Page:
17. Are there ways in which Kidd's novel can help us see our own lives differently? How is this story relevant for us today?
(Questions issued by publisher.)
Sue Monk Kidd was raised in the small town of Sylvester, Georgia, a place that deeply influenced the writing of her first novel The Secret Life of Bees. She graduated from Texas Christian University in 1970 and later took creative writing courses at Emory University and Anderson College, as well as studying at Sewanee, Bread Loaf, and other writers conferences.
The Invention of Wings, Kidd’s third novel was published January 7, 2014 by Viking to wide critical acclaim. It debuted on the New York Times bestseller list at #1 and remained on the hardcover fiction list for over six months. It has been translated into 20 languages, thus far. The novel was chosen for Oprah’s Book Club 2.0. Plans are underway to turn the book into a film.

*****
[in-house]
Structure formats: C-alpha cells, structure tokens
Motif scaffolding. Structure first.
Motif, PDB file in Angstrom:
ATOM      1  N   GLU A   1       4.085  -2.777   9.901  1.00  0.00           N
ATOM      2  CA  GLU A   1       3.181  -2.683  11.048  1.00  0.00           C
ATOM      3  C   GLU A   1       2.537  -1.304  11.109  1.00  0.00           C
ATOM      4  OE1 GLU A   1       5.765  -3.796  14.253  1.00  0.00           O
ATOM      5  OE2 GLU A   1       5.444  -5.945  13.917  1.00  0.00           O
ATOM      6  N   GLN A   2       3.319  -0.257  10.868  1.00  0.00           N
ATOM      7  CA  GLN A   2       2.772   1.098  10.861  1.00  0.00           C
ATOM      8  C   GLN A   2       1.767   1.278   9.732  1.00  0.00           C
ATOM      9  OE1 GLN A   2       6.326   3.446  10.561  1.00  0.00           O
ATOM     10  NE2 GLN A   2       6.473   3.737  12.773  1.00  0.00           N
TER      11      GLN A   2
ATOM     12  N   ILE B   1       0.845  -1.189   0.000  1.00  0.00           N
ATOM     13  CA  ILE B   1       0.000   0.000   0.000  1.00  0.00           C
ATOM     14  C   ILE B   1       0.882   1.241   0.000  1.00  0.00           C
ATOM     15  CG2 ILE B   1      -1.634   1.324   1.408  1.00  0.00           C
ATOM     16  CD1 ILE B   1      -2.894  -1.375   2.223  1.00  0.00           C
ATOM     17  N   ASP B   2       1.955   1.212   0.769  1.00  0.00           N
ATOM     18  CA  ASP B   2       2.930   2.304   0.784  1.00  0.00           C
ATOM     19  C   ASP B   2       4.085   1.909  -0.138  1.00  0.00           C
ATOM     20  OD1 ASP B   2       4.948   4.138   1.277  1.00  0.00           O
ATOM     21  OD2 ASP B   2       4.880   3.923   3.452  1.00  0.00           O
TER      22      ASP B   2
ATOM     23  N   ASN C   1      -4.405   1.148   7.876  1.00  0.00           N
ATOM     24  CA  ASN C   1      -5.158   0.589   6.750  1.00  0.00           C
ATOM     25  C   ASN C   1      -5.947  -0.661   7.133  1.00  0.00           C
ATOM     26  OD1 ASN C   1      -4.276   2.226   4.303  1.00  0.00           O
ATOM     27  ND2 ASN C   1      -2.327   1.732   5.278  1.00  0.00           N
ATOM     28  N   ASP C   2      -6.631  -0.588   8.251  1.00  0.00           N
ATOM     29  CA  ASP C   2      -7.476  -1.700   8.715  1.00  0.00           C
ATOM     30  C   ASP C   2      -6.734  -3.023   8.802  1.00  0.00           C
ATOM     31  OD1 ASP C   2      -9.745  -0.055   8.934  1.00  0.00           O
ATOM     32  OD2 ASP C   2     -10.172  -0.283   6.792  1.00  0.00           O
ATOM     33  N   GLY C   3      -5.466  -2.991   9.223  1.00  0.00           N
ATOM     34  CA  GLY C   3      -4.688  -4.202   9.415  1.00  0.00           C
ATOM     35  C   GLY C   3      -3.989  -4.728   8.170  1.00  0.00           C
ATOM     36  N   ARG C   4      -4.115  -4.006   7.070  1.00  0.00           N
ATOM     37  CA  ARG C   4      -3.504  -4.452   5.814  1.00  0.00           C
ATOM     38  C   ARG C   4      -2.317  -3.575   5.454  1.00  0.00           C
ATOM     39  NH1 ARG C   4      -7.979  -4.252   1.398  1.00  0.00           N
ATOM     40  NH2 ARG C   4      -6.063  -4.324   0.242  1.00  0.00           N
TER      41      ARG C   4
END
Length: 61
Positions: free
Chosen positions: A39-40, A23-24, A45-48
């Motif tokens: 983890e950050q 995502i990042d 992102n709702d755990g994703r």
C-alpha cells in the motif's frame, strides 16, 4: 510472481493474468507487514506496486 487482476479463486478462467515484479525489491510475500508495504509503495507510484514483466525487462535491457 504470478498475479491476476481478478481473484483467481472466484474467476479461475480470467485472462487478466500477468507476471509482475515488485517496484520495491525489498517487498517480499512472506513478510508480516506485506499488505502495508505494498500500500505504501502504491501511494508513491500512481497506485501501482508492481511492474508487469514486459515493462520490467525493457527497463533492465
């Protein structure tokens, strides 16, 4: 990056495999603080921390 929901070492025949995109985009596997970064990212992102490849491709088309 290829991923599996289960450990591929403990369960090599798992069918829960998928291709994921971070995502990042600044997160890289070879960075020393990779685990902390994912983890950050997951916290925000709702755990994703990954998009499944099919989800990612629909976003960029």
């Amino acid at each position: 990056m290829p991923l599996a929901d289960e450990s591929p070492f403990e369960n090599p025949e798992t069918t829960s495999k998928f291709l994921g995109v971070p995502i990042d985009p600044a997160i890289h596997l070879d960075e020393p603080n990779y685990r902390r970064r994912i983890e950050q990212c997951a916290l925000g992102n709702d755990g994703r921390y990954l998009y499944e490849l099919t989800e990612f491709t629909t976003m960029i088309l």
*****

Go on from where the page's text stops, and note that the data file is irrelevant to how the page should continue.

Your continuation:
Kidd serves on the Writers Council for Poets & Writers, Inc. She lives in Southwest Florida with her husband, Sandy.
Interview with Oprah
Interview with Florida Book Awards
Angelina and Sarah Grimké
Sarah and Angelina grew up at Belmont Rice Plantation, pictured above.
The Grimké House, 321 East Bay St., Charleston. The text on the historical marker is as follows:
This Charleston double house was built before 1789 by William Blake, a planter and descendant of former Proprietary Governor Joseph Blake. By 1803 Mary Smith Grimke, descendant of Landgrave Thomas Smith, and Judge John F. Grimké, a planter and state Supreme Court justice, and their 11 children occupied the property. Among them were Sarah (1792-1873) and Angelina (1805-1879) Grimké who became leading advocates for equal rights for African Americans and women. From 1836-1838 the sisters, the first female agents of the abolitionist movement, traveled the Northeast as lecturers and organizers. In 1837 they helped organize the first national convention of white and black women. Also in 1837 Sarah published a full-fledged argument for women’s equal rights. The next year Angelina became the first American woman to address a legislative body, speaking to a committee of the Mass. legislature. Neither sister ever returned to Charleston.
Sponsored by the College of Charleston Friends of the Library, 2015